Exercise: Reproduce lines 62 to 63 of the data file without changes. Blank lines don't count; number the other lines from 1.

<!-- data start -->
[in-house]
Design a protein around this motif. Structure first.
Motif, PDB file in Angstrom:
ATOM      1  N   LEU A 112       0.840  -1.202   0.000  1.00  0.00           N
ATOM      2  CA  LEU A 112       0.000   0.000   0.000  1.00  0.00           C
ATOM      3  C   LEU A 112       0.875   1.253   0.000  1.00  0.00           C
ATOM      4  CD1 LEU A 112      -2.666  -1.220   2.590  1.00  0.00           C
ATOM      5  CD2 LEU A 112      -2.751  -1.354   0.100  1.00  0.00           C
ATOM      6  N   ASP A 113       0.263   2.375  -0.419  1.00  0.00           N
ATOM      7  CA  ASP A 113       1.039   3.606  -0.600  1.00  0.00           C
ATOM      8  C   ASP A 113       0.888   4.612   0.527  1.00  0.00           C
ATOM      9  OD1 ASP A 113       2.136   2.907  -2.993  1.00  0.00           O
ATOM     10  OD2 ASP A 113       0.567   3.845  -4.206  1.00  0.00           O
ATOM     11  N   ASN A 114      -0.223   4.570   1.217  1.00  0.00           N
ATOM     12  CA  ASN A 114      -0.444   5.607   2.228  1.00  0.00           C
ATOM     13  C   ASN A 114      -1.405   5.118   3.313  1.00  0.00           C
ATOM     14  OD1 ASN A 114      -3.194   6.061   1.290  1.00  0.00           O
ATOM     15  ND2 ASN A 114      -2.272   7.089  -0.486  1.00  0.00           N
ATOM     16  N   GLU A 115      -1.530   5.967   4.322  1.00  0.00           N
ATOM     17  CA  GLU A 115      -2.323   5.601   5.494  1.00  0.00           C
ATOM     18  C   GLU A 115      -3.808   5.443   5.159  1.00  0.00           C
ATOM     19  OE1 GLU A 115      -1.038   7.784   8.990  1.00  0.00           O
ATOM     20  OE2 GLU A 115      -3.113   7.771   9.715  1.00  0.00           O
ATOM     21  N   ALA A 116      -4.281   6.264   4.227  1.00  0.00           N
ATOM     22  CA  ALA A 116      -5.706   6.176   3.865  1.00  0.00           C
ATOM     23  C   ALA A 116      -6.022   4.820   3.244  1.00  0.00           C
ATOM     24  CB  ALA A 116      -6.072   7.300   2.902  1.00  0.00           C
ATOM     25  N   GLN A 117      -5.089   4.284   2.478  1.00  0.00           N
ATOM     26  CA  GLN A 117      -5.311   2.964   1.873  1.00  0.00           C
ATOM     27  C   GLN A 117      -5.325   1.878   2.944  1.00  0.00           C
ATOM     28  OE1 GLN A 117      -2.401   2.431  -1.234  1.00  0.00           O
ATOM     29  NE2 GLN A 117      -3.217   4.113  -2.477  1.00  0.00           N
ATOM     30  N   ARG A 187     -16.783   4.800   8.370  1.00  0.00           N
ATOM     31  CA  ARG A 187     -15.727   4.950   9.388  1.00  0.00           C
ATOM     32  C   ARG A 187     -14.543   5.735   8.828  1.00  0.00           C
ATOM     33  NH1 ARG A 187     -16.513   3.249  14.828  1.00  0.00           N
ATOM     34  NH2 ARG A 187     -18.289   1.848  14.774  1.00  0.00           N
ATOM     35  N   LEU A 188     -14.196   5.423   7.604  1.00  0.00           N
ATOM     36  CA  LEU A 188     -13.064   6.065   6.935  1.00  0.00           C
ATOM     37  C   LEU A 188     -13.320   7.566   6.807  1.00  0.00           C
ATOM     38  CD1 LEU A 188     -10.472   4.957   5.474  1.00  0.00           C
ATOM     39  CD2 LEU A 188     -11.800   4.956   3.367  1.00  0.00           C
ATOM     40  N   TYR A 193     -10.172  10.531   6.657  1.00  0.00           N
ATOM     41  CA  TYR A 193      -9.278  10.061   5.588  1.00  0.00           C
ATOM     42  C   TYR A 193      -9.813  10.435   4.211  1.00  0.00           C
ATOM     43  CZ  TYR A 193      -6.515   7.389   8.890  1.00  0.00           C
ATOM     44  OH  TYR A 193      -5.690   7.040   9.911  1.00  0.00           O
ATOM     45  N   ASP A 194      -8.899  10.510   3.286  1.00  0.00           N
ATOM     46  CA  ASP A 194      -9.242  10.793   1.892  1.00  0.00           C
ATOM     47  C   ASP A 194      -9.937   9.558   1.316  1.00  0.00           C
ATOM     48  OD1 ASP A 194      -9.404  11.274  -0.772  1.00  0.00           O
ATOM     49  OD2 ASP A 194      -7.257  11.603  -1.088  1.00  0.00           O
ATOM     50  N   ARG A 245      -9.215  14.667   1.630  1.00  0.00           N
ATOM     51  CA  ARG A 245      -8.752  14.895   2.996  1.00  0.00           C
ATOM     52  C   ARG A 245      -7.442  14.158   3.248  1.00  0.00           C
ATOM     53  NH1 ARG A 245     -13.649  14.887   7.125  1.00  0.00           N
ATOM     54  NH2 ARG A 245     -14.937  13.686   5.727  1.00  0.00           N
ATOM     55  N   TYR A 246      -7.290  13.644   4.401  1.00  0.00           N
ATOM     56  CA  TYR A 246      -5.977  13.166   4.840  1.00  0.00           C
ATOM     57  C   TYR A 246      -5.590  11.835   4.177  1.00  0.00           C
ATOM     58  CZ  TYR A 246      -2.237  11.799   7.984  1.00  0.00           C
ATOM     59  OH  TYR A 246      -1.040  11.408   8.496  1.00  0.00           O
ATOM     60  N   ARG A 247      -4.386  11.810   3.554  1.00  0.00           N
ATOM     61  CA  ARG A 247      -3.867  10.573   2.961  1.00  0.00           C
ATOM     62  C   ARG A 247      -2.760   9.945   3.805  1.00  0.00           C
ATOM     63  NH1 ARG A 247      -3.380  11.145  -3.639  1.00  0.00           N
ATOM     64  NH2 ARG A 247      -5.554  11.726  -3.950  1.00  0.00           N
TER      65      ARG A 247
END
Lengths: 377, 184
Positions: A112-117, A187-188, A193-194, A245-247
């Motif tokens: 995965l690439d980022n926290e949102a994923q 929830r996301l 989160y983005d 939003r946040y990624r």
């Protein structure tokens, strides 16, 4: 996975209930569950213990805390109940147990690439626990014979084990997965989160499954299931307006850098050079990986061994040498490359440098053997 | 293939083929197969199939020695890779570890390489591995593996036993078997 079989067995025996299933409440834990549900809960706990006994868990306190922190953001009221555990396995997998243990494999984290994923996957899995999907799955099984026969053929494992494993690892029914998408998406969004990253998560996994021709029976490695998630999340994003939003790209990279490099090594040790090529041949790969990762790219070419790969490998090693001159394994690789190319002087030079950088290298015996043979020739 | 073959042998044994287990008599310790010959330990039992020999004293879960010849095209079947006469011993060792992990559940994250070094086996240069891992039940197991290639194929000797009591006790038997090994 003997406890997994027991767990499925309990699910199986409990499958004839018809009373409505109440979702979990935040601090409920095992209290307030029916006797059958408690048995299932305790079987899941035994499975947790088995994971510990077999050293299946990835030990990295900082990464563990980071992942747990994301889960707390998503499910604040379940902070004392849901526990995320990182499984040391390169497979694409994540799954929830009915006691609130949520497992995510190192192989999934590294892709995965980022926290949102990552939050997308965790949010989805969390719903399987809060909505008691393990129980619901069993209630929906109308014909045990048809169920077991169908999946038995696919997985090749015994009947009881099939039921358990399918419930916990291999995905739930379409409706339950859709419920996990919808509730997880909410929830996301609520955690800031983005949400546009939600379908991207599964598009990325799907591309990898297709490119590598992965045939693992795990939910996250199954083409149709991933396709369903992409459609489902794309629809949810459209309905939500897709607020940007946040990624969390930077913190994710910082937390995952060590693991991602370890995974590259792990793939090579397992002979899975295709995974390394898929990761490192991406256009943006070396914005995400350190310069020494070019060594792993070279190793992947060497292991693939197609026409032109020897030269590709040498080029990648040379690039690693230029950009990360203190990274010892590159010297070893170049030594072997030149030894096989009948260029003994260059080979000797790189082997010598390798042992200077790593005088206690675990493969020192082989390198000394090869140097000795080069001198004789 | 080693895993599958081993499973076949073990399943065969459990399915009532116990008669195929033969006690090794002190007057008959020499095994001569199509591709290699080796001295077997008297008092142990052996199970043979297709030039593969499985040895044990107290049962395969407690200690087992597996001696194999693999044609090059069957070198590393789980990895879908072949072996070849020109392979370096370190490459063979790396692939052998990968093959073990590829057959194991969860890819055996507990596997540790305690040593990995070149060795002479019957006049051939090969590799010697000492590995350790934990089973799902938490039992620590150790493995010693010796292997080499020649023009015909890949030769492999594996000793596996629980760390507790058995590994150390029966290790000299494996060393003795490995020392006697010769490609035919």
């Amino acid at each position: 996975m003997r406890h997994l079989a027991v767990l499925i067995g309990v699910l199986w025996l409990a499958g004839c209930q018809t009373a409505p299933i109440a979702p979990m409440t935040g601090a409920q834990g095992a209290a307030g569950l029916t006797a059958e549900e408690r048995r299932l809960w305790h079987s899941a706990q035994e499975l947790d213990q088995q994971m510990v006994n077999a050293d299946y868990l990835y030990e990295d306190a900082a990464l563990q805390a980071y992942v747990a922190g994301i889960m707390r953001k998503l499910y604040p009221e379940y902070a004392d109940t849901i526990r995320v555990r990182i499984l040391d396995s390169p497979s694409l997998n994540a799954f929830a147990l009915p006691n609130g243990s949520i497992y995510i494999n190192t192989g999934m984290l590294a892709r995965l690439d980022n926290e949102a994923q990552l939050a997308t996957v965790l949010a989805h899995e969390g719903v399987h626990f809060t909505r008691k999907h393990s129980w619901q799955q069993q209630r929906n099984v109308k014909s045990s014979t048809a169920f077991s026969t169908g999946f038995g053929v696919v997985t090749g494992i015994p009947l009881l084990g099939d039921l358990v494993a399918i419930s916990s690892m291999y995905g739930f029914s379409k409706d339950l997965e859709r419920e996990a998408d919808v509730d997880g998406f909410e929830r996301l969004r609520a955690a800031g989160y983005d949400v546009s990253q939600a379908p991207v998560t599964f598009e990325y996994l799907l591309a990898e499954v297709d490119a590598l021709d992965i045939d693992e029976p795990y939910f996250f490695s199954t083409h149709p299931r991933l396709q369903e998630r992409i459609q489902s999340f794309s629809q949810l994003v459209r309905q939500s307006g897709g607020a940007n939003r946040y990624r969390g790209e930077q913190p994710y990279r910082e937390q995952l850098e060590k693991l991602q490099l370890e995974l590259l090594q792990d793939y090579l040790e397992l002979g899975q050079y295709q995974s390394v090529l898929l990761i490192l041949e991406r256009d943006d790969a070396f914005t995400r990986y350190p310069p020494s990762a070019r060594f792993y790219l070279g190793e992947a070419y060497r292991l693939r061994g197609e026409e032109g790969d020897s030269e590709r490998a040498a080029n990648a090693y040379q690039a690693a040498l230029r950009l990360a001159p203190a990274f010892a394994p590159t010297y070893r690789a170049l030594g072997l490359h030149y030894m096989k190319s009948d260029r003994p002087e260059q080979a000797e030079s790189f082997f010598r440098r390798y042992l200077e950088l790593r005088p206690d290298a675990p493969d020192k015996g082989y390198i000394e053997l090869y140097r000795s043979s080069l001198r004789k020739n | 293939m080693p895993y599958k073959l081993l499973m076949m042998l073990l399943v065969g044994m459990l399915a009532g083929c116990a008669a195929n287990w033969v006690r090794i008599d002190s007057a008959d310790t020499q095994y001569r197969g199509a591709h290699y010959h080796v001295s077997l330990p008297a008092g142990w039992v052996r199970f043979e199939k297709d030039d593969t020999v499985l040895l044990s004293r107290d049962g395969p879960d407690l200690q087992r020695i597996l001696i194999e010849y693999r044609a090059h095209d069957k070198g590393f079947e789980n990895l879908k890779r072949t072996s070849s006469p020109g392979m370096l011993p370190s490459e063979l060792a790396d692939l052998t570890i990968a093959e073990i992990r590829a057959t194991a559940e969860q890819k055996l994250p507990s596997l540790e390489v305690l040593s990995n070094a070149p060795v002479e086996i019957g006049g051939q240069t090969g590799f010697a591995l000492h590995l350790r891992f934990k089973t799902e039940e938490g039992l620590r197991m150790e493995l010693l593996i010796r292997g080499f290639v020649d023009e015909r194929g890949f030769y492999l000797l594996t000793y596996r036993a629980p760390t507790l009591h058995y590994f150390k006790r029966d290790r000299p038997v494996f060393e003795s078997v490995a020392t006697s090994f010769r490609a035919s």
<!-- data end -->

ATOM     59  OH  TYR A 246      -1.040  11.408   8.496  1.00  0.00           O
ATOM     60  N   ARG A 247      -4.386  11.810   3.554  1.00  0.00           N